Atlantic coast states might be protesting President Trump's plan to expand offshore oil drilling, but they're increasingly embracing a different kind of seaborne energy: wind.

States bordering the outer continental shelf are looking for carbon-free electricity, even as the Trump administration rolls back rules requiring it. Last week, New Jersey Gov. Phil Murphy (D) announced that his state will aim for 3,500 megawatts of installed offshore wind by 2030, enough to power 1 million homes. Massachusetts has a goal to build 1,600 MW of offshore wind power by 2027, and New York has committed to 2,400 MW by 2030.

At the same time, wind technology is quickly advancing, thanks to its popularity in Europe. Ten countries across Europe had deployed 12,600 MW of offshore wind power by the end of 2016. In the United States, the Interior Department's Bureau of Ocean Energy Management (BOEM) has issued 13 wind energy leases off the Atlantic coast. In late 2016, the first offshore wind farm in the United States came online about 4 miles off the coast of Block Island, R.I.

It's unclear how the growth in offshore wind might be affected by Trump's plan to open nearly all U.S. waters to oil and gas drilling.

But there are hints that the two types of development could come into contact on the open water.

According to BOEM's draft proposed 2019-24 offshore oil and gas leasing plan, any drilling off the Atlantic Seaboard would have to be "coordinated" with current and future offshore wind development. The agency predicts that more wind projects are likely to be built between 2019 and 2024, when oil and gas lease sales are slated to be held.

Experts said it's unlikely there would be direct competition for the same slice of ocean between the two industries. But that's a hard question to answer.

Kevin Book, managing director of research for ClearView Energy Partners LLC, said it's too early to know how offshore wind and oil and gas development might interact off the East Coast. Historically, offshore wind has been a nascent industry, and no one has drilled for oil in the Atlantic for decades. It's been so long that developers have little idea what type of oil reserves lie under the sea, or if oil companies will want to tap them.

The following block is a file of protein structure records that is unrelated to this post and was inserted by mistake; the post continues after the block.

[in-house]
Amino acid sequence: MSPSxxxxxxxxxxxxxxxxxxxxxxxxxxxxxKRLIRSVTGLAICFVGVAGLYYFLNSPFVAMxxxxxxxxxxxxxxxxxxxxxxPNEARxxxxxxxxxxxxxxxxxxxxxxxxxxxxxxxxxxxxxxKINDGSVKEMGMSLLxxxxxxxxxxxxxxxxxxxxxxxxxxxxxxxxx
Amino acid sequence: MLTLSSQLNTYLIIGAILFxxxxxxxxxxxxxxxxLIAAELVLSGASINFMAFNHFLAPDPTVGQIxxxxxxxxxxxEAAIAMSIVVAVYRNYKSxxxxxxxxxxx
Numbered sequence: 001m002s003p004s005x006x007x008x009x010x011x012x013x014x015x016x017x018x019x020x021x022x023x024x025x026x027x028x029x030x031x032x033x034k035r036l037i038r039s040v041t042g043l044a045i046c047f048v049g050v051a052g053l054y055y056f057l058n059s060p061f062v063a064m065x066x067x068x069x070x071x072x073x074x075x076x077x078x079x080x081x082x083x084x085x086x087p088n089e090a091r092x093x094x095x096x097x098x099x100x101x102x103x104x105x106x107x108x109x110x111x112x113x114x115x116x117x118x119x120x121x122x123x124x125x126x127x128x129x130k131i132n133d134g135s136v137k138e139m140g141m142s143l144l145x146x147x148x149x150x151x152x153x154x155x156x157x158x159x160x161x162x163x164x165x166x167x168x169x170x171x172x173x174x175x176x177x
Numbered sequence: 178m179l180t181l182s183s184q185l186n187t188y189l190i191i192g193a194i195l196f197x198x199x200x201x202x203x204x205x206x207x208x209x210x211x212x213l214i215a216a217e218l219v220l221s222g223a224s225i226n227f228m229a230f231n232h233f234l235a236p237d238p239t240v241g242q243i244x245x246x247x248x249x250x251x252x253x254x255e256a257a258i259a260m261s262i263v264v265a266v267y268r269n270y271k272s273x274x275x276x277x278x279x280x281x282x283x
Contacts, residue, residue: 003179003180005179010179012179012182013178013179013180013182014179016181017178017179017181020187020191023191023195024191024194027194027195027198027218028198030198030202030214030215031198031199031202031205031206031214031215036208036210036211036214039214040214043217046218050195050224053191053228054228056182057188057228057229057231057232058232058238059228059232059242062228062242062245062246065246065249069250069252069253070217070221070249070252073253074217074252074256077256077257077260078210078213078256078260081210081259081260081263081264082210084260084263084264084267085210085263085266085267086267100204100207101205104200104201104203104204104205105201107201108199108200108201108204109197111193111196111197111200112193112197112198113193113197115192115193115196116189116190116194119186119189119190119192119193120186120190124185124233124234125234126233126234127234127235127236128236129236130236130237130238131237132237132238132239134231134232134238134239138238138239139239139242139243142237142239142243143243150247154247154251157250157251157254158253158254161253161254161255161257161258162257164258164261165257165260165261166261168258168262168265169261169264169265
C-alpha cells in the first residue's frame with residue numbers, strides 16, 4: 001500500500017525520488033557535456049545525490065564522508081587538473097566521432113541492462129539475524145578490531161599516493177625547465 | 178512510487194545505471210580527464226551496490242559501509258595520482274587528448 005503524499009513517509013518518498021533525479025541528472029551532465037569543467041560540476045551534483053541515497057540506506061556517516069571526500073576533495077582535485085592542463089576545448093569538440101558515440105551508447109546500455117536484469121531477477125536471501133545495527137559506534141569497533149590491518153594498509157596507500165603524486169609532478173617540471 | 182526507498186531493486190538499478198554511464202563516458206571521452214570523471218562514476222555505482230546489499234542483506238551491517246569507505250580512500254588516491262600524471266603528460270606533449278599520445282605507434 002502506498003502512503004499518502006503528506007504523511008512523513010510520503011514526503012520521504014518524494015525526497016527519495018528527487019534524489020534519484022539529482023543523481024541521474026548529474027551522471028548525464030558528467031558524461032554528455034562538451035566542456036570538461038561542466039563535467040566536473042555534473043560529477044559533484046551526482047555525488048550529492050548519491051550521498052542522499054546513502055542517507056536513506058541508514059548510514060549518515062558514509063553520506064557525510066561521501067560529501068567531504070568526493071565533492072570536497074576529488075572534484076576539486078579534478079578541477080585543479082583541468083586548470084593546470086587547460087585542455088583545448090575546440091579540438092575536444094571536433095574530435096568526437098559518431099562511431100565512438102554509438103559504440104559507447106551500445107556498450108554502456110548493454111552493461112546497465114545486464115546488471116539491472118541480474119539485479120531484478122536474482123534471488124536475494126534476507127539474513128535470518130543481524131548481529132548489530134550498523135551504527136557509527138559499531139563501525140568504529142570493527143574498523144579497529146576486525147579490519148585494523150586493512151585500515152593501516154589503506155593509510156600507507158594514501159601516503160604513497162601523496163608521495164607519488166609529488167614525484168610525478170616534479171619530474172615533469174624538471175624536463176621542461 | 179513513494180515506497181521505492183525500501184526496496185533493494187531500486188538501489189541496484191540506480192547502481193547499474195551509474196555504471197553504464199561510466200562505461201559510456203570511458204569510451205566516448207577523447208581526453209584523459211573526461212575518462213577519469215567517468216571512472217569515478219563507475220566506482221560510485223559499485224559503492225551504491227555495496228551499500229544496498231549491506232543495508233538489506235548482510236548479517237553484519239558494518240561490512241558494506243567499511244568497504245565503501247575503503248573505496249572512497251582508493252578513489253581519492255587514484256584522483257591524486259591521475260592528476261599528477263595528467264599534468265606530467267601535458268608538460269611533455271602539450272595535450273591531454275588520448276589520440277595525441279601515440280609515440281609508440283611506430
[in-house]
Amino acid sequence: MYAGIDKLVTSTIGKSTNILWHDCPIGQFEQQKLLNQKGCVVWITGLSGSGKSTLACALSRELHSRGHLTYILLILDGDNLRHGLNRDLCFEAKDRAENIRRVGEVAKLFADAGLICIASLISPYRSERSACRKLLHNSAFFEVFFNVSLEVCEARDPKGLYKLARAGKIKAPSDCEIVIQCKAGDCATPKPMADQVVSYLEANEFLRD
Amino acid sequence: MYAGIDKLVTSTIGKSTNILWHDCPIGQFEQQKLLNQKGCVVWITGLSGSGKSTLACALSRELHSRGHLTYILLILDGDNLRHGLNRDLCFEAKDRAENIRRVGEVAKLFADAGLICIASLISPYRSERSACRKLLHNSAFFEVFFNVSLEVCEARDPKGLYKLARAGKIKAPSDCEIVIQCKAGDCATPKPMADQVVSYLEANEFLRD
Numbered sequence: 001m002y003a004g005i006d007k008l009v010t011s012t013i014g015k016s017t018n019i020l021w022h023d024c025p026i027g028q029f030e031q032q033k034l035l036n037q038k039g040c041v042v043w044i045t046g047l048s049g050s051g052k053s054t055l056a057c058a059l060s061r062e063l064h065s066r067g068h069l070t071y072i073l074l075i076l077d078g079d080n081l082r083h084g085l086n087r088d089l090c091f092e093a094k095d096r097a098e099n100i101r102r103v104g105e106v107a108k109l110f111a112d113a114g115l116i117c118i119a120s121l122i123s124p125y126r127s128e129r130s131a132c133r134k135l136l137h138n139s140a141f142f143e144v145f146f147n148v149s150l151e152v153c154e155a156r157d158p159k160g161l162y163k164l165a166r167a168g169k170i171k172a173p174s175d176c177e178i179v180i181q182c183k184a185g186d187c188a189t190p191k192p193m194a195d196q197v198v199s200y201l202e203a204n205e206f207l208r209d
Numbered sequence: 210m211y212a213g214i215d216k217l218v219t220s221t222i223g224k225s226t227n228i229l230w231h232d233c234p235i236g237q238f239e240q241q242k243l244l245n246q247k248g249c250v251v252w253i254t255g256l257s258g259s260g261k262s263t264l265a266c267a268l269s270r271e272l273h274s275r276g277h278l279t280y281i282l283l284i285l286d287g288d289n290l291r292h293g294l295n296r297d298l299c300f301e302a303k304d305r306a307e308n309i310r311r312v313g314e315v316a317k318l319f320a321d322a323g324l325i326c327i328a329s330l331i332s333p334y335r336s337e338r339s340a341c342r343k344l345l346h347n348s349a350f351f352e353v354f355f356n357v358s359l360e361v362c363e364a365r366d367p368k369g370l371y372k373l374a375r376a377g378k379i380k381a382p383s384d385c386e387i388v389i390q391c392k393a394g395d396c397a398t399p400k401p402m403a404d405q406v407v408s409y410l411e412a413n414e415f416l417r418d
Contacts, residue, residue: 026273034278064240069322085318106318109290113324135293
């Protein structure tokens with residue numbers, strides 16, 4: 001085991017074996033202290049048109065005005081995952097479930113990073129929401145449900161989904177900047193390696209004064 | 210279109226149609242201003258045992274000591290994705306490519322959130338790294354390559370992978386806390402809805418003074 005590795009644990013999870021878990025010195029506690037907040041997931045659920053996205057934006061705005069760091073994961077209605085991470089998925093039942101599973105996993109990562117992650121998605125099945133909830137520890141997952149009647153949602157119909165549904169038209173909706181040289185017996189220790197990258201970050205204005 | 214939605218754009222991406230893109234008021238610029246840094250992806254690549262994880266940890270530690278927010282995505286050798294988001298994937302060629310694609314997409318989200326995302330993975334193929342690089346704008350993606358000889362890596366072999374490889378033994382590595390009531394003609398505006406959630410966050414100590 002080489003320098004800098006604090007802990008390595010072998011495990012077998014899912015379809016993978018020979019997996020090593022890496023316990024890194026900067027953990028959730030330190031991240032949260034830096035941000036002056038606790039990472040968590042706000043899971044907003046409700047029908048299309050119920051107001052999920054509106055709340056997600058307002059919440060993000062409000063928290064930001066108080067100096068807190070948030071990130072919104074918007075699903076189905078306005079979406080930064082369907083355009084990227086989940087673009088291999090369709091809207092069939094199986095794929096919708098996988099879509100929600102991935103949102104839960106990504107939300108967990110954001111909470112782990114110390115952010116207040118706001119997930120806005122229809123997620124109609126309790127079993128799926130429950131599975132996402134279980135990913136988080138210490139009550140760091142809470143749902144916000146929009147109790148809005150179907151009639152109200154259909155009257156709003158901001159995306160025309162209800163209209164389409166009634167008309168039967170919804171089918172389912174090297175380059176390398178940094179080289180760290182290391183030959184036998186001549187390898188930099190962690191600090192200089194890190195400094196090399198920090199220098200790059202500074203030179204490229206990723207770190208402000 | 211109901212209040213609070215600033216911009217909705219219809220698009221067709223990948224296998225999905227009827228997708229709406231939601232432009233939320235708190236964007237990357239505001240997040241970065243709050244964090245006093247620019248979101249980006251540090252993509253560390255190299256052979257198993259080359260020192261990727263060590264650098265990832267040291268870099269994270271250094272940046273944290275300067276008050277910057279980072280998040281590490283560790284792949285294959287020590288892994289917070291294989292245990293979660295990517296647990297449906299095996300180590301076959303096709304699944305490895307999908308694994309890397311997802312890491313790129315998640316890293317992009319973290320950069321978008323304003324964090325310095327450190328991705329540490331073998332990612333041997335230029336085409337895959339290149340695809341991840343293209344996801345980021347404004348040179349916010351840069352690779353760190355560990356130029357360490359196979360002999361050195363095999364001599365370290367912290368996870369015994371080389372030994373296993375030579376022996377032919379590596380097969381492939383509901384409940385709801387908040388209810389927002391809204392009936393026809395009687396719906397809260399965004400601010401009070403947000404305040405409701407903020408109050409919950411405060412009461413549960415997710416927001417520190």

It's possible that the wind and oil industries may compete for the same blocks of ocean seabed. That could create strife. Generally, when BOEM grants renewable energy rights on the outer continental shelf, they are exclusive rights to the seafloor.

The federal government generally manages resource development up to 200 miles offshore. The states have jurisdiction over the first 3 miles. Recently, oil and gas producers in the Gulf of Mexico have gravitated toward leasing in shallower waters, which are generally less expensive to drill in than deep water. A map assembled by BOEM in the new draft five-year drilling plan shows that leased offshore wind projects are located relatively close to shore in shallower waters.

"In most of those cases, however, I see more complementarity than conflict," Book said in an email. "Shared leasing of onshore staging, shipping and exploration vessels, etc."

America's offshore drilling industry has already participated in the burgeoning offshore wind sector. When the 30-MW wind farm near Block Island was being constructed, Louisiana-based Gulf Island Fabrication Inc. constructed the foundations for the turbines. They were designed by another oil and gas firm, Keystone Engineering Inc. based out of Mandeville, La.

"The reality is that the [draft proposed plan], and ability to open the Atlantic to development, would bring more of the suppliers to where the wind operators are at," said Timothy Charters, senior director of government affairs for the National Ocean Industries Association. "If we have more suppliers in order to service offshore platforms in the Atlantic, there would be more suppliers for wind, too."

The trade group has recently welcomed a number of offshore wind developers, like Cape Wind, Ørsted A/S and the wind division of Statoil ASA, to the fold. Businesses that service the oil and gas supply chain—tugboat operators, caterers, drilling contractors—see an opportunity to expand as offshore wind takes off, Charters said.

Stephanie McClellan, director of the special initiative on offshore wind at the University of Delaware, said the two industries share characteristics, including in their supply chains.

"The U.S offshore oil and gas industry has the trained people and equipment to do this, and the use of which for offshore wind has been identified and discussed well before this new proposal," she said.

The administration's proposal to open the Atlantic coastline to oil drilling was criticized by many of the governors along the Eastern Seaboard.

But offshore wind energy has its own critics. Notably, the first major proposal—Cape Wind's 130-turbine project off the coast of Martha's Vineyard—was mired in controversy and eventually died.

Now some wonder if the appeal of offshore wind might be improved against the backdrop of potentially having oil rigs along the coast.

Alison Bates, a lecturer in the Department of Environmental Conservation at the University of Massachusetts, Amherst, said studies show that the public has come around to the idea of having wind turbines on the horizon, in the last 10 years.

"Offshore wind has been in the media long enough that coastal residents have heard about it and thought through what it's going to mean," she said. "Certainly, communities differ in how they view these installations, but overall, people may be more supportive if the choice is wind or oil and gas."

Reprinted from Climatewire with permission from E&E News. E&E provides daily coverage of essential energy and environmental news at